Homeboat

Whereas the coupling of house and boat usually results in something that is not quite either, in this case experience and a considered design create a floating dwelling rich in character and comfort.

25 Jan 2013

Designed by Alternative Surfaces’ Richard Di Bartolo and brother-in-law Don Sgarbossa, the aim of the project was to design a houseboat that combined luxury accommodation with a cruiser boat design. In particular the pair wished to create an upstairs living area that could access a 360-degree view of the surrounding panorama.

This was achieved by opening the space as much as possible and installing abundant fenestration. As such the upstairs area performs as kitchen, dining and lounge, surrounded by windows on three sides and opening onto an ample rear sun lounge on the fourth. Modern fittings and furniture combine with the material and colour palette of dark timber and white fiberglass to create a minimal, elegant aesthetic, with some feature areas of lighter stained timber injecting an organic and quintessentially nautical flavor.

 

The construction of the boat was largely completed by Darren Withoos (of Status Luxury Houseboats), who helped build the boat up to lock up stage, including the steel structure frame work, pontoons and all external claddings and finishes. Interior fittings and finishes were done by Sgarbossa and Di Bartolo, who has had five houseboats over the past twenty years, refining his preferences and requirements with each one.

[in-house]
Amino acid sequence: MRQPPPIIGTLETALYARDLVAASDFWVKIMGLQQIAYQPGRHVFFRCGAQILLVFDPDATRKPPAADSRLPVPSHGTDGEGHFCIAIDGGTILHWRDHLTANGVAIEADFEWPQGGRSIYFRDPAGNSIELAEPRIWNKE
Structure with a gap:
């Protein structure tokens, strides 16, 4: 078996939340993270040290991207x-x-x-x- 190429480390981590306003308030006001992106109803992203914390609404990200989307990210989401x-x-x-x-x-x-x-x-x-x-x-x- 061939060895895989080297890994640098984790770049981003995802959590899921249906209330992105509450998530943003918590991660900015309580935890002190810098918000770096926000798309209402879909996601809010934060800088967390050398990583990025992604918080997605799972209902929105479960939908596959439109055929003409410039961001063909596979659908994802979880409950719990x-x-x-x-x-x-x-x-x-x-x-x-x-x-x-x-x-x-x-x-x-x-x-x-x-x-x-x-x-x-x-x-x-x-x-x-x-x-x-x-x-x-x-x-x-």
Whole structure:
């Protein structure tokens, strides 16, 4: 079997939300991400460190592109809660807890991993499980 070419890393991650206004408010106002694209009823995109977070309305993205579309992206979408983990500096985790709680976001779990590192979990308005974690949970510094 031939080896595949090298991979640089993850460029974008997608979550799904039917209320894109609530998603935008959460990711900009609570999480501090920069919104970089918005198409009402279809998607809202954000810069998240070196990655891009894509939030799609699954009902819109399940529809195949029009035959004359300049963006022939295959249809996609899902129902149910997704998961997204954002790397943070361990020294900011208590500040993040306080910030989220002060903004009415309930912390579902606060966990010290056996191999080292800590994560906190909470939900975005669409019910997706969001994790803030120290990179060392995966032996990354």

Twin rear staircases, the cantilevering of the sun lounge and the open void connecting the instruments panel to the upstairs are further points of design that set the floating residence apart from it’s more pedestrian cousins, whilst eight solar panels allow the whole boat to function largely without fuel.

With an abundant 147 square meters of living space, two master bedrooms with ensuite and two extra befrooms, the boat can comfortably sleep two couples and up to 12 guests, making it a perfect getaway for the two designers’ families. And, located at Lake Eildon (two hours north of Melbourne), it could not enjoy a more beautiful and serene prospect.

 

Photography: David Johns

Alternative Surfaces